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By NUWC Division Newport Public Affairs
When entering the Naval Undersea Warfare Center (NUWC) Division Newport campus, most employees simply follow the roadways to their respective destinations, never really taking into account the names of the streets on which they are traveling.
There’s Howell Street, the main address for the warfare center, Cunningham Street and Fulton Street, among others. But how did these roads get their names? They honor a series of servicemen and inventors who made tremendous strides in the evolution of submarines and torpedoes for the U.S. Navy, some of whom had a strong connection to Newport.
While it is unclear who was tasked with designating the street names, the first street signs went up in January 1978, when the command was called Naval Underwater Systems Center, according to an article in a command newsletter from Jan. 20, 1978.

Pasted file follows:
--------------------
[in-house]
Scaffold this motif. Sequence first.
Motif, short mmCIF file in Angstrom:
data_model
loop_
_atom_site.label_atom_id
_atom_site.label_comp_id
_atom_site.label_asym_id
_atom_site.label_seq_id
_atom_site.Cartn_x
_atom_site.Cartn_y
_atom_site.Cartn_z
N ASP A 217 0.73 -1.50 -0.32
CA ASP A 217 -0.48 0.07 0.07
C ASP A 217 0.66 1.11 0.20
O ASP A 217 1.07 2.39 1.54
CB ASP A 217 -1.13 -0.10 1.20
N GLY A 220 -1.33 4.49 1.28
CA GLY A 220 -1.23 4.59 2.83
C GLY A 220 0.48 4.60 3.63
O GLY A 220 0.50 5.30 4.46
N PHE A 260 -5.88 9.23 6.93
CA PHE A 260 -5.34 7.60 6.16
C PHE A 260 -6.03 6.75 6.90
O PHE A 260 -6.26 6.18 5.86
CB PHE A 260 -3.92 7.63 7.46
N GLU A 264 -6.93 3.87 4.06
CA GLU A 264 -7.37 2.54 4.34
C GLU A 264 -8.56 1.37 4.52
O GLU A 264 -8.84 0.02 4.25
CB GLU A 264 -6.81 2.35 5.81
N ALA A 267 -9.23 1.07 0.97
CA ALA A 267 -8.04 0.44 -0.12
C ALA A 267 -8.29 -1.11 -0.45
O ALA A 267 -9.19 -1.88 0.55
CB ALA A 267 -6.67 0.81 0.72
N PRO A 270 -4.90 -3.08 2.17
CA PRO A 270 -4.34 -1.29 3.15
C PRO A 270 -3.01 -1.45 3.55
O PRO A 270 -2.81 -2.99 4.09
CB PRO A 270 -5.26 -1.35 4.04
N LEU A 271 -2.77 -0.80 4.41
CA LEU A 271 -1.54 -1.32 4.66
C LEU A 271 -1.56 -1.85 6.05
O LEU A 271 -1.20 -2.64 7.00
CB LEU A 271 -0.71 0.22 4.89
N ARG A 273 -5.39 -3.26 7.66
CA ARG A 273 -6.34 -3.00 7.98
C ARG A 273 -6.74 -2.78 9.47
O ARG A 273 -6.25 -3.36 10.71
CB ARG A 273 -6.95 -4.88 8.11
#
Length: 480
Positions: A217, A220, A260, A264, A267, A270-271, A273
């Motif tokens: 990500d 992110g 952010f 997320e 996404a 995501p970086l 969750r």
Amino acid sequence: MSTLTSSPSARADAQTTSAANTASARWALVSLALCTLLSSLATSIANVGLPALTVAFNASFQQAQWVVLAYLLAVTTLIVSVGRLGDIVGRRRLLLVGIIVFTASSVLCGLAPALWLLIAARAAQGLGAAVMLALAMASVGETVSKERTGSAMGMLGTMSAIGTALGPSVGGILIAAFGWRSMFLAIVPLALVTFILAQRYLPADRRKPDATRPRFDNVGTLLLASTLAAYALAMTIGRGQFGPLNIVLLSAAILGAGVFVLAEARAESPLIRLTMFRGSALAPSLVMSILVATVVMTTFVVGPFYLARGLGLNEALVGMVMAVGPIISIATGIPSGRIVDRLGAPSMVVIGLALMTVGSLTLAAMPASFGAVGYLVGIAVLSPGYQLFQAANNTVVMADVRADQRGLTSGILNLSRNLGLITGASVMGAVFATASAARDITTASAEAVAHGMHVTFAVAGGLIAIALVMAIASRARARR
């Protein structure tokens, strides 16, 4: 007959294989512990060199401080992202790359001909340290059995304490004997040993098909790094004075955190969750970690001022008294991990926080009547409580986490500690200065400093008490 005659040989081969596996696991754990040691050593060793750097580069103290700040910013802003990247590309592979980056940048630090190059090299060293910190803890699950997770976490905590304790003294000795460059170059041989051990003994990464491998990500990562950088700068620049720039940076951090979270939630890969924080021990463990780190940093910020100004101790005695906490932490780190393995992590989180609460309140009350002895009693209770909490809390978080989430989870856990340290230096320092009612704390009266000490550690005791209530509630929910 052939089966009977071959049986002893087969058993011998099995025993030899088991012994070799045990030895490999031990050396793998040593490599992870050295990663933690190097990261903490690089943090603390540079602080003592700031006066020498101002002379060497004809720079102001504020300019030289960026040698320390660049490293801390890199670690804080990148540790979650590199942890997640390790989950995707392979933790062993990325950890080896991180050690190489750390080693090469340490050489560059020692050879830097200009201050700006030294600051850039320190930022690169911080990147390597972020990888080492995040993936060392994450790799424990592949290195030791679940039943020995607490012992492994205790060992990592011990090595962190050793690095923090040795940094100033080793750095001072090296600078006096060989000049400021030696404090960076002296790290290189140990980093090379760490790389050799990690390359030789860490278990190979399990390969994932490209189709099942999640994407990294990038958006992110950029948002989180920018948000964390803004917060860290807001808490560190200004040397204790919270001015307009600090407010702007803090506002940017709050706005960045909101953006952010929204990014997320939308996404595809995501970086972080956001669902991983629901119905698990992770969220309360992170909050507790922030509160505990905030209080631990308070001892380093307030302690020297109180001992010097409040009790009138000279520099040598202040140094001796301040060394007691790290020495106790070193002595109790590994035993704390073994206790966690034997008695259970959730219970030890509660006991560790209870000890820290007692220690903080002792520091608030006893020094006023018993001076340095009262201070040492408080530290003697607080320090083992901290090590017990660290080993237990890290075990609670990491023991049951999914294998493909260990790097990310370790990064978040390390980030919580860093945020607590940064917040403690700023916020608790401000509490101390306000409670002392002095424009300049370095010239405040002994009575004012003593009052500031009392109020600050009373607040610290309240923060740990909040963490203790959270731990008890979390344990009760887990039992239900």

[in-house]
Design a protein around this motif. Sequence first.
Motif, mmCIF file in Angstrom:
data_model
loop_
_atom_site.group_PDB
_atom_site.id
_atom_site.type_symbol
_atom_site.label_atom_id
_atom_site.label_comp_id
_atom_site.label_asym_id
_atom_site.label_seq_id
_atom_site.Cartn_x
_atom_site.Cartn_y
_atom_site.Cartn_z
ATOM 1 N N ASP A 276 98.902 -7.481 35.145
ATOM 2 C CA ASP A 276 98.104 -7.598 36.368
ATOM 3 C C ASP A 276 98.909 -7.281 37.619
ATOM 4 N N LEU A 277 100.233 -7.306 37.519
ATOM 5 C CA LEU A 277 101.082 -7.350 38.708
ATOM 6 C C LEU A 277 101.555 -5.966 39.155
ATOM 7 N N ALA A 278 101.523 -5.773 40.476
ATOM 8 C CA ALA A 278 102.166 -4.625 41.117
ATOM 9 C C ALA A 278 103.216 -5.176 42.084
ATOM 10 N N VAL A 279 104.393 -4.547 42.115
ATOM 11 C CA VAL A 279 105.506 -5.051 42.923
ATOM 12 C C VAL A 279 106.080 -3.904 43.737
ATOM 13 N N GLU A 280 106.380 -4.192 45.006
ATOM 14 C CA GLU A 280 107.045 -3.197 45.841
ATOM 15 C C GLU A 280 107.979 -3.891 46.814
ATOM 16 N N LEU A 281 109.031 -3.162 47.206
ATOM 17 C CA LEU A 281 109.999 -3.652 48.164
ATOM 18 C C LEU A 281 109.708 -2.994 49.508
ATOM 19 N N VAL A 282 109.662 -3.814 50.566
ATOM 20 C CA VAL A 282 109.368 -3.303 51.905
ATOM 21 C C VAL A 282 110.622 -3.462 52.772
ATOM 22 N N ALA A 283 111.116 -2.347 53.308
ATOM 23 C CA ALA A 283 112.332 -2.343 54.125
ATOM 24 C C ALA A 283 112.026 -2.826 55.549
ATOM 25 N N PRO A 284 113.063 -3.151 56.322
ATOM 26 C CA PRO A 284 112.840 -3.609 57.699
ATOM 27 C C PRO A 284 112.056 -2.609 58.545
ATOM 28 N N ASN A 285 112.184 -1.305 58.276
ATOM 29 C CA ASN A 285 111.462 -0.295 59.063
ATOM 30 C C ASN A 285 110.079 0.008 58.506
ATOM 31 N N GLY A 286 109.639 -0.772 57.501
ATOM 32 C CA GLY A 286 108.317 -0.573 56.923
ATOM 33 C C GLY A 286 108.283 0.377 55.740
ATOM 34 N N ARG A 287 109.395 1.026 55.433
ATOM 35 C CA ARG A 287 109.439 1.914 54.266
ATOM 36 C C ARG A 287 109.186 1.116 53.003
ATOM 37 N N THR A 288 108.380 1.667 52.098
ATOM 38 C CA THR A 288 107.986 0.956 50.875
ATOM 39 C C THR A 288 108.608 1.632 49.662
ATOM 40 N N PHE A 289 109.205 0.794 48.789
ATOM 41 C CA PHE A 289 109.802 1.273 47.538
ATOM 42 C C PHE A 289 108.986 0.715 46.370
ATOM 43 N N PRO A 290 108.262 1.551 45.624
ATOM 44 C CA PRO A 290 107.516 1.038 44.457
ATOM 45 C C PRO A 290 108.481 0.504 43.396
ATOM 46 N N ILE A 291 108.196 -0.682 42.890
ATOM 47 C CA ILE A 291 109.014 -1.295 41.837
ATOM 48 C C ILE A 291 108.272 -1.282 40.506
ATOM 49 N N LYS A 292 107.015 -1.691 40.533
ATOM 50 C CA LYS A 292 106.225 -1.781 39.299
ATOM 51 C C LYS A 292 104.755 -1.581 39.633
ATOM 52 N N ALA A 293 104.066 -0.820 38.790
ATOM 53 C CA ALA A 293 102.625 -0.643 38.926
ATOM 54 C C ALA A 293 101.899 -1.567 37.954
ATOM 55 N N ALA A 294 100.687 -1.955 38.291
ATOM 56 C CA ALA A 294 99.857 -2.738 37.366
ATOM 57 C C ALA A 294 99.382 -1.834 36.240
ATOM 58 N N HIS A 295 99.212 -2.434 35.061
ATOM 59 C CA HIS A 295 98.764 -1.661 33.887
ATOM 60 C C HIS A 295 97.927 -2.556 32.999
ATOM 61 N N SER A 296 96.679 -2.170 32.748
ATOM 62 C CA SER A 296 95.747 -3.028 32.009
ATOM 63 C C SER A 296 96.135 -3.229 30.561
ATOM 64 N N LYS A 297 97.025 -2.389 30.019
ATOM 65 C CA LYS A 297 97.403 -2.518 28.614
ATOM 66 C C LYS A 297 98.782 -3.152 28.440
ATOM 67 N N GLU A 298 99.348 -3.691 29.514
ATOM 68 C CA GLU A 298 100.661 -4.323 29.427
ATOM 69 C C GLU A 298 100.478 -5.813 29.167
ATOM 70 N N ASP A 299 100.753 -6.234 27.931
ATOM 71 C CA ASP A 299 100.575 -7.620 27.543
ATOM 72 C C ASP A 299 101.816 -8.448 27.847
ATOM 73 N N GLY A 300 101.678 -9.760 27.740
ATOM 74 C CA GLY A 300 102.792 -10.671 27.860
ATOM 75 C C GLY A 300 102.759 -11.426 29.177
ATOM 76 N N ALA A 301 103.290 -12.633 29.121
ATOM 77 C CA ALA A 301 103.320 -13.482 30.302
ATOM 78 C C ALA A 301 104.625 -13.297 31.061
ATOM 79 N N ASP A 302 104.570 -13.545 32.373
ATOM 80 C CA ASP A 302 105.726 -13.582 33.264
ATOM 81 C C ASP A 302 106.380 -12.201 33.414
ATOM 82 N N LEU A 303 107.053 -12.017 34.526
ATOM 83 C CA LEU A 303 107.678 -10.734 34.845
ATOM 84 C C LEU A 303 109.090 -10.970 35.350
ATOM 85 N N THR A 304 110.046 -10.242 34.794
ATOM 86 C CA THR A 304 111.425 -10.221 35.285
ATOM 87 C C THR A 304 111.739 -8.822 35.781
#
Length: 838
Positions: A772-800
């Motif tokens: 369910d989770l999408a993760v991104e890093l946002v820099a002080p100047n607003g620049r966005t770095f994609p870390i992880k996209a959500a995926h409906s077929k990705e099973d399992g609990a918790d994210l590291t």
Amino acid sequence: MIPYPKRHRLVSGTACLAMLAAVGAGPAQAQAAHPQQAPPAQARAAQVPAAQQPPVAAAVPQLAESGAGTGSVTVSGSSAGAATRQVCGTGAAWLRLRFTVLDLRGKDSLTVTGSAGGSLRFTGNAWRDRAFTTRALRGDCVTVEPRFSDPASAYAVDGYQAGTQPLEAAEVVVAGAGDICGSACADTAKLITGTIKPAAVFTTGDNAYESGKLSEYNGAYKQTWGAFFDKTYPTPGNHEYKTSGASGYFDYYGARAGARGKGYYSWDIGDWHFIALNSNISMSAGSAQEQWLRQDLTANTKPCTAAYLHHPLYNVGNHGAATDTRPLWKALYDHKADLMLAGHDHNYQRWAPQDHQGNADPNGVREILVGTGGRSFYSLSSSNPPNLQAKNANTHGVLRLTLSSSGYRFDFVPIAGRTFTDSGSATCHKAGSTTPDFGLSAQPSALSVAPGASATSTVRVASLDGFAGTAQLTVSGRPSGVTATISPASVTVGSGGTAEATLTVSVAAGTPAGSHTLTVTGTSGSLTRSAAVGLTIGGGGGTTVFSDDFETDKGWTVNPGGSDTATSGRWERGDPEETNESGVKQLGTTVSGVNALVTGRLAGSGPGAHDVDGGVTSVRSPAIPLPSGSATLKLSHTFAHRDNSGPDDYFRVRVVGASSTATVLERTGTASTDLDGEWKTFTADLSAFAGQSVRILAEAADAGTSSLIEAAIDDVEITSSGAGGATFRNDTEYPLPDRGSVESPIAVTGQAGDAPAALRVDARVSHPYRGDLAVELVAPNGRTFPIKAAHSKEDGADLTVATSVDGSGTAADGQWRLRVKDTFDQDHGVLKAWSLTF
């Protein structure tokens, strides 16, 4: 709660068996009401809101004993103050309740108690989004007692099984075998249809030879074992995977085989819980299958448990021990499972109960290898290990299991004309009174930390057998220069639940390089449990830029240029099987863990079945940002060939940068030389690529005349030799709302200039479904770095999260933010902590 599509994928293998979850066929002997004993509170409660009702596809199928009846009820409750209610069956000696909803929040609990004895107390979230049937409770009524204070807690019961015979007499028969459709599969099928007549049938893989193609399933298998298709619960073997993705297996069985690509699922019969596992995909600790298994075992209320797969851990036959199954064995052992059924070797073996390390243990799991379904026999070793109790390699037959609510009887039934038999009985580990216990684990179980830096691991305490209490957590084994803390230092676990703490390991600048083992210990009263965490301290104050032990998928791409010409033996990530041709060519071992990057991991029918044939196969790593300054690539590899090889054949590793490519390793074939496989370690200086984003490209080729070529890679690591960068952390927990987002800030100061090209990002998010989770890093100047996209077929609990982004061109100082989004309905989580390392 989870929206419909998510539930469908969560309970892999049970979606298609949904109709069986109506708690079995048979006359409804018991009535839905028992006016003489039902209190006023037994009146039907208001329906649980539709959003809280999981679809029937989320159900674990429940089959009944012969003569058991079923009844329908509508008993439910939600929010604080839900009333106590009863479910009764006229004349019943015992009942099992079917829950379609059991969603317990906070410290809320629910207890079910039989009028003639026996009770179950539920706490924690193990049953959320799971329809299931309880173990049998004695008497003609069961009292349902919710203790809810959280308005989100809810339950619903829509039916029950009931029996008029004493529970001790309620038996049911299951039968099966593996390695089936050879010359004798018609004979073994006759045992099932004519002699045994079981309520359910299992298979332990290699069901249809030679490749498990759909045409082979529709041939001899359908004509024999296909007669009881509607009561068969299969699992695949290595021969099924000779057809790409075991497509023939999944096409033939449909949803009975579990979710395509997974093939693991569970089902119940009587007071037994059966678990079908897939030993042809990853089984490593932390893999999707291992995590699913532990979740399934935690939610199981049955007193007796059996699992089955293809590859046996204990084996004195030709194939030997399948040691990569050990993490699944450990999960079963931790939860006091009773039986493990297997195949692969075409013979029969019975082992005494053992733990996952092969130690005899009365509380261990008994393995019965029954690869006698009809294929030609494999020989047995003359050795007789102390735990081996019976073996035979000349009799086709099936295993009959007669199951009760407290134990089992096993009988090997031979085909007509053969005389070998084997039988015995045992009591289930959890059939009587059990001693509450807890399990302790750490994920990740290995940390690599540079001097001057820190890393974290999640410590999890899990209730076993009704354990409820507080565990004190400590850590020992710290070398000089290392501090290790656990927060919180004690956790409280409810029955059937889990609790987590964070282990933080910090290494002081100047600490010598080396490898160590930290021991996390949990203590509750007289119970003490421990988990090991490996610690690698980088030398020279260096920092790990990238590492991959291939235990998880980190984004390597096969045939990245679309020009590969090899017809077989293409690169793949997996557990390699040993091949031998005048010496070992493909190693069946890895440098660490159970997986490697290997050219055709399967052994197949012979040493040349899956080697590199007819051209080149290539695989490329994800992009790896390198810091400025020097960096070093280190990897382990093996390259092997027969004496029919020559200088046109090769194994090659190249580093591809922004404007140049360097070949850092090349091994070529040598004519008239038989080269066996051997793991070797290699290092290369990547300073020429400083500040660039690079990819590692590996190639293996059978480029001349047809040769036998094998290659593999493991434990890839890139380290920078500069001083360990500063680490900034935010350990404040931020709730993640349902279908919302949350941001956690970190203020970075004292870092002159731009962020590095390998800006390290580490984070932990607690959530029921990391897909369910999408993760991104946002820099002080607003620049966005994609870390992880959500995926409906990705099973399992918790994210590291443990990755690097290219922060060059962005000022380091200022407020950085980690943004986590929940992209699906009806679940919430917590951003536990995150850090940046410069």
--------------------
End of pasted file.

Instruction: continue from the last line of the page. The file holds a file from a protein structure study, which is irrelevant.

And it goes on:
Here’s a little background on the men after whom the streets are named:
John Adams Howell (1840-1918) was a rear admiral in the U.S. Navy who in 1870 patented the first self-propelled “automobile” torpedo, using a 132-pound flywheel that completed 10,000 revolutions per minute. By the late 1880s, after undergoing extensive development, testing and evaluation at the Naval Torpedo Station on Goat Island in Newport, Howell’s design was the first automobile torpedo to be issued to the fleet.
The Howell torpedo spent less than 10 years as the undersea weapon of choice, though, as it was largely displaced by the Whitehead, a self-propelled locomotive torpedo. According to the U.S. Naval Institute, only three Howell torpedoes remain, one of which is on display at the Naval War College Museum in Newport.
Inventor Robert Fulton (1765-1815) is believed to be the man who coined the term “torpedo,” used to describe a floating device with gunpowder that would explode below warships. In 1800, the Pennsylvania native — while living in Paris — launched the first practical submarine, named Nautilus, a 21-foot vessel with a hand-cranked propeller.
Despite his contributions to marine combat, Fulton perhaps is best known for inventing the commercial steamboat, dubbed the Clermont, in 1807. That led to the creation of the Demologos, the first warship to be propelled by a steam engine. It was launched after Fulton’s death in 1815.
Five Navy ships have borne the name USS Fulton in the honor of Fulton.